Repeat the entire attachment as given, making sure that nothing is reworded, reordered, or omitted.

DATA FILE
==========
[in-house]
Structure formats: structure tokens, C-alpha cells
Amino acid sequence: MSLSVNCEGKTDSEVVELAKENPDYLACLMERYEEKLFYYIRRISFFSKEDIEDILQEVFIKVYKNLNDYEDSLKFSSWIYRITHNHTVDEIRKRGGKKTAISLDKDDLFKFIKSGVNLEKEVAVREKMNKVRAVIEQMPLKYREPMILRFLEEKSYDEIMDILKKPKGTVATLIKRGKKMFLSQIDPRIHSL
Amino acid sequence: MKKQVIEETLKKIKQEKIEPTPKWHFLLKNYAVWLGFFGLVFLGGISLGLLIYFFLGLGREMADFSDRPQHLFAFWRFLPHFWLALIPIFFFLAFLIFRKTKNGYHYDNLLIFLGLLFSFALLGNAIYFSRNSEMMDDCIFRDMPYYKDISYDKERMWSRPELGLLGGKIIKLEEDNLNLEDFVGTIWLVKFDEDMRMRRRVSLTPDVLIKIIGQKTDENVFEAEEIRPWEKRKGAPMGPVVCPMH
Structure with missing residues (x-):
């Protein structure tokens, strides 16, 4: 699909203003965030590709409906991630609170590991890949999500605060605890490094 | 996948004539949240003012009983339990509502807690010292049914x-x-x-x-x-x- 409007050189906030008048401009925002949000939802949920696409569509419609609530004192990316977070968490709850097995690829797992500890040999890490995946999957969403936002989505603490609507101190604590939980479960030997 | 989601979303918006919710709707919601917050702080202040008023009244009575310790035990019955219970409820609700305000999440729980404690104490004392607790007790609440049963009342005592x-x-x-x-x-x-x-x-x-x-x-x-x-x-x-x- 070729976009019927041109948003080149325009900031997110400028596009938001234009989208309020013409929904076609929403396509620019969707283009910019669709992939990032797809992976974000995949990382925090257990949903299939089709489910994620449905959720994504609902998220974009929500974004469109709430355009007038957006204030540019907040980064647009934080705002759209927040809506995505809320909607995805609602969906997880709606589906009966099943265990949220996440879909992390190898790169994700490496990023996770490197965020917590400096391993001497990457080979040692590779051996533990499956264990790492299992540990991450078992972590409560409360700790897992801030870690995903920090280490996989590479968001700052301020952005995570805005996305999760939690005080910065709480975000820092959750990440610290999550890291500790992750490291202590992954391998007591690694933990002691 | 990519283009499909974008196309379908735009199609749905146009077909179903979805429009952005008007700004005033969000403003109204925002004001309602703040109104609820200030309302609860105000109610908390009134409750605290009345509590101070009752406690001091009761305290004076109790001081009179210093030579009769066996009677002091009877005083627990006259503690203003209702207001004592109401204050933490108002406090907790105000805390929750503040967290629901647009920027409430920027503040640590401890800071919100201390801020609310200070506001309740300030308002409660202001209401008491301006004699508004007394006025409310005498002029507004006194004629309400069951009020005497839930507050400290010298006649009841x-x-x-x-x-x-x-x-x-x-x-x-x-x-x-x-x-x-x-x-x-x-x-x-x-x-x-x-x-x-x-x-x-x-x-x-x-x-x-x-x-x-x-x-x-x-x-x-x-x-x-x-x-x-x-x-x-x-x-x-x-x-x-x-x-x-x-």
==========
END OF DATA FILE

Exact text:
[in-house]
Structure formats: structure tokens, C-alpha cells
Amino acid sequence: MSLSVNCEGKTDSEVVELAKENPDYLACLMERYEEKLFYYIRRISFFSKEDIEDILQEVFIKVYKNLNDYEDSLKFSSWIYRITHNHTVDEIRKRGGKKTAISLDKDDLFKFIKSGVNLEKEVAVREKMNKVRAVIEQMPLKYREPMILRFLEEKSYDEIMDILKKPKGTVATLIKRGKKMFLSQIDPRIHSL
Amino acid sequence: MKKQVIEETLKKIKQEKIEPTPKWHFLLKNYAVWLGFFGLVFLGGISLGLLIYFFLGLGREMADFSDRPQHLFAFWRFLPHFWLALIPIFFFLAFLIFRKTKNGYHYDNLLIFLGLLFSFALLGNAIYFSRNSEMMDDCIFRDMPYYKDISYDKERMWSRPELGLLGGKIIKLEEDNLNLEDFVGTIWLVKFDEDMRMRRRVSLTPDVLIKIIGQKTDENVFEAEEIRPWEKRKGAPMGPVVCPMH
Structure with missing residues (x-):
């Protein structure tokens, strides 16, 4: 699909203003965030590709409906991630609170590991890949999500605060605890490094 | 996948004539949240003012009983339990509502807690010292049914x-x-x-x-x-x- 409007050189906030008048401009925002949000939802949920696409569509419609609530004192990316977070968490709850097995690829797992500890040999890490995946999957969403936002989505603490609507101190604590939980479960030997 | 989601979303918006919710709707919601917050702080202040008023009244009575310790035990019955219970409820609700305000999440729980404690104490004392607790007790609440049963009342005592x-x-x-x-x-x-x-x-x-x-x-x-x-x-x-x- 070729976009019927041109948003080149325009900031997110400028596009938001234009989208309020013409929904076609929403396509620019969707283009910019669709992939990032797809992976974000995949990382925090257990949903299939089709489910994620449905959720994504609902998220974009929500974004469109709430355009007038957006204030540019907040980064647009934080705002759209927040809506995505809320909607995805609602969906997880709606589906009966099943265990949220996440879909992390190898790169994700490496990023996770490197965020917590400096391993001497990457080979040692590779051996533990499956264990790492299992540990991450078992972590409560409360700790897992801030870690995903920090280490996989590479968001700052301020952005995570805005996305999760939690005080910065709480975000820092959750990440610290999550890291500790992750490291202590992954391998007591690694933990002691 | 990519283009499909974008196309379908735009199609749905146009077909179903979805429009952005008007700004005033969000403003109204925002004001309602703040109104609820200030309302609860105000109610908390009134409750605290009345509590101070009752406690001091009761305290004076109790001081009179210093030579009769066996009677002091009877005083627990006259503690203003209702207001004592109401204050933490108002406090907790105000805390929750503040967290629901647009920027409430920027503040640590401890800071919100201390801020609310200070506001309740300030308002409660202001209401008491301006004699508004007394006025409310005498002029507004006194004629309400069951009020005497839930507050400290010298006649009841x-x-x-x-x-x-x-x-x-x-x-x-x-x-x-x-x-x-x-x-x-x-x-x-x-x-x-x-x-x-x-x-x-x-x-x-x-x-x-x-x-x-x-x-x-x-x-x-x-x-x-x-x-x-x-x-x-x-x-x-x-x-x-x-x-x-x-």